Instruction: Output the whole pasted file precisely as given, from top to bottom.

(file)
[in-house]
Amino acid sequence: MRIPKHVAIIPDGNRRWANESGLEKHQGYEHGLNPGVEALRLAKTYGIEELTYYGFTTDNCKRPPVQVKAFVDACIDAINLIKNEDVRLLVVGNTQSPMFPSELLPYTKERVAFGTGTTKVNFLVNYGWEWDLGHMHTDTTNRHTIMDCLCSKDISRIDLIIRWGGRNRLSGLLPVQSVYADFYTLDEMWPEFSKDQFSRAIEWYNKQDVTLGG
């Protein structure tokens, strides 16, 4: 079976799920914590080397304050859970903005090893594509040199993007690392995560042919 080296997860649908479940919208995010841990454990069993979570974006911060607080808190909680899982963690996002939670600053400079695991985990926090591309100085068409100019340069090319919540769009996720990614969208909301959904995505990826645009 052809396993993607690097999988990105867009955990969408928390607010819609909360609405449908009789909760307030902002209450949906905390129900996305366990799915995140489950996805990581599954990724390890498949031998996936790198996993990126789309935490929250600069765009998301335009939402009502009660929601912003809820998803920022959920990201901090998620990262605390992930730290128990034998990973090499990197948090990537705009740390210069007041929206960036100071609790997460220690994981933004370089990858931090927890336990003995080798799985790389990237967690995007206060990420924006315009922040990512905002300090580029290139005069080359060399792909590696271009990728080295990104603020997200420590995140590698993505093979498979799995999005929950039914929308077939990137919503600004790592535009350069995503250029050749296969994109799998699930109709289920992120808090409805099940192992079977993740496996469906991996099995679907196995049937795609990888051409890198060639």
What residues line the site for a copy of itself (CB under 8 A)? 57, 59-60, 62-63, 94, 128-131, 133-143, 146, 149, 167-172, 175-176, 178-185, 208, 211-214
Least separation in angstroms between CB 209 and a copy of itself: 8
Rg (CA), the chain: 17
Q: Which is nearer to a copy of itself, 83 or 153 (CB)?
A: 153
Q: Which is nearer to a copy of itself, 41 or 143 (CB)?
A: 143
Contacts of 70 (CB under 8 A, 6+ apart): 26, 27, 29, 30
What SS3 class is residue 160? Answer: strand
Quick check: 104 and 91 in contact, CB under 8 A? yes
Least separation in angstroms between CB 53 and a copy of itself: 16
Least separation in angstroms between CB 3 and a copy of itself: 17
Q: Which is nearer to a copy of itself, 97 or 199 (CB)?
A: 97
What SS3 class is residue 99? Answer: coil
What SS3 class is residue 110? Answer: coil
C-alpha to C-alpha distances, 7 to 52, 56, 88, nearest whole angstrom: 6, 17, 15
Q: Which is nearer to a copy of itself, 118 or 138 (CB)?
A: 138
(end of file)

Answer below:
[in-house]
Amino acid sequence: MRIPKHVAIIPDGNRRWANESGLEKHQGYEHGLNPGVEALRLAKTYGIEELTYYGFTTDNCKRPPVQVKAFVDACIDAINLIKNEDVRLLVVGNTQSPMFPSELLPYTKERVAFGTGTTKVNFLVNYGWEWDLGHMHTDTTNRHTIMDCLCSKDISRIDLIIRWGGRNRLSGLLPVQSVYADFYTLDEMWPEFSKDQFSRAIEWYNKQDVTLGG
């Protein structure tokens, strides 16, 4: 079976799920914590080397304050859970903005090893594509040199993007690392995560042919 080296997860649908479940919208995010841990454990069993979570974006911060607080808190909680899982963690996002939670600053400079695991985990926090591309100085068409100019340069090319919540769009996720990614969208909301959904995505990826645009 052809396993993607690097999988990105867009955990969408928390607010819609909360609405449908009789909760307030902002209450949906905390129900996305366990799915995140489950996805990581599954990724390890498949031998996936790198996993990126789309935490929250600069765009998301335009939402009502009660929601912003809820998803920022959920990201901090998620990262605390992930730290128990034998990973090499990197948090990537705009740390210069007041929206960036100071609790997460220690994981933004370089990858931090927890336990003995080798799985790389990237967690995007206060990420924006315009922040990512905002300090580029290139005069080359060399792909590696271009990728080295990104603020997200420590995140590698993505093979498979799995999005929950039914929308077939990137919503600004790592535009350069995503250029050749296969994109799998699930109709289920992120808090409805099940192992079977993740496996469906991996099995679907196995049937795609990888051409890198060639």
What residues line the site for a copy of itself (CB under 8 A)? 57, 59-60, 62-63, 94, 128-131, 133-143, 146, 149, 167-172, 175-176, 178-185, 208, 211-214
Least separation in angstroms between CB 209 and a copy of itself: 8
Rg (CA), the chain: 17
Q: Which is nearer to a copy of itself, 83 or 153 (CB)?
A: 153
Q: Which is nearer to a copy of itself, 41 or 143 (CB)?
A: 143
Contacts of 70 (CB under 8 A, 6+ apart): 26, 27, 29, 30
What SS3 class is residue 160? Answer: strand
Quick check: 104 and 91 in contact, CB under 8 A? yes
Least separation in angstroms between CB 53 and a copy of itself: 16
Least separation in angstroms between CB 3 and a copy of itself: 17
Q: Which is nearer to a copy of itself, 97 or 199 (CB)?
A: 97
What SS3 class is residue 99? Answer: coil
What SS3 class is residue 110? Answer: coil
C-alpha to C-alpha distances, 7 to 52, 56, 88, nearest whole angstrom: 6, 17, 15
Q: Which is nearer to a copy of itself, 118 or 138 (CB)?
A: 138